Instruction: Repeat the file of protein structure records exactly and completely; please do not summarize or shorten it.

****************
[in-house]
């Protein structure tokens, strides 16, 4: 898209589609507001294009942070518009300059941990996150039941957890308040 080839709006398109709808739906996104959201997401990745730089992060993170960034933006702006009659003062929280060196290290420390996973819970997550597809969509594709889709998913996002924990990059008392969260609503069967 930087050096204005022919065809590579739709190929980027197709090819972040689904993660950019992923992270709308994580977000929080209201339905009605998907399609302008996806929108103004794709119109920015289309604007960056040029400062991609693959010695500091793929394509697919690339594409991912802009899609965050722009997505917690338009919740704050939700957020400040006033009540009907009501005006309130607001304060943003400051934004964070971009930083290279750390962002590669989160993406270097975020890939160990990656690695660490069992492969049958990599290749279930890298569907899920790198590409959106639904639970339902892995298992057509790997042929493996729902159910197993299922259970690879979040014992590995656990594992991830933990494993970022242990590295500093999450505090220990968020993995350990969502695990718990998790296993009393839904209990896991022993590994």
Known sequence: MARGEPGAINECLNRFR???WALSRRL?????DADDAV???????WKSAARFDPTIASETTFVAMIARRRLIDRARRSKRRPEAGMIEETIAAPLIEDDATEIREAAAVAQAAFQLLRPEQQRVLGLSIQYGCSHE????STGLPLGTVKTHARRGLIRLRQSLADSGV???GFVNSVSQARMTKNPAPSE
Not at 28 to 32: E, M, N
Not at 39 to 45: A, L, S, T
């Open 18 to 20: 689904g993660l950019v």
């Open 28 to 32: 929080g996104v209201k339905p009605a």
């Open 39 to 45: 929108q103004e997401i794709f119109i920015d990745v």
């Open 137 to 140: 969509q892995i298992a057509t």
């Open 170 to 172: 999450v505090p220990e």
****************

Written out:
[in-house]
């Protein structure tokens, strides 16, 4: 898209589609507001294009942070518009300059941990996150039941957890308040 080839709006398109709808739906996104959201997401990745730089992060993170960034933006702006009659003062929280060196290290420390996973819970997550597809969509594709889709998913996002924990990059008392969260609503069967 930087050096204005022919065809590579739709190929980027197709090819972040689904993660950019992923992270709308994580977000929080209201339905009605998907399609302008996806929108103004794709119109920015289309604007960056040029400062991609693959010695500091793929394509697919690339594409991912802009899609965050722009997505917690338009919740704050939700957020400040006033009540009907009501005006309130607001304060943003400051934004964070971009930083290279750390962002590669989160993406270097975020890939160990990656690695660490069992492969049958990599290749279930890298569907899920790198590409959106639904639970339902892995298992057509790997042929493996729902159910197993299922259970690879979040014992590995656990594992991830933990494993970022242990590295500093999450505090220990968020993995350990969502695990718990998790296993009393839904209990896991022993590994």
Known sequence: MARGEPGAINECLNRFR???WALSRRL?????DADDAV???????WKSAARFDPTIASETTFVAMIARRRLIDRARRSKRRPEAGMIEETIAAPLIEDDATEIREAAAVAQAAFQLLRPEQQRVLGLSIQYGCSHE????STGLPLGTVKTHARRGLIRLRQSLADSGV???GFVNSVSQARMTKNPAPSE
Not at 28 to 32: E, M, N
Not at 39 to 45: A, L, S, T
């Open 18 to 20: 689904g993660l950019v």
């Open 28 to 32: 929080g996104v209201k339905p009605a």
């Open 39 to 45: 929108q103004e997401i794709f119109i920015d990745v």
């Open 137 to 140: 969509q892995i298992a057509t």
């Open 170 to 172: 999450v505090p220990e």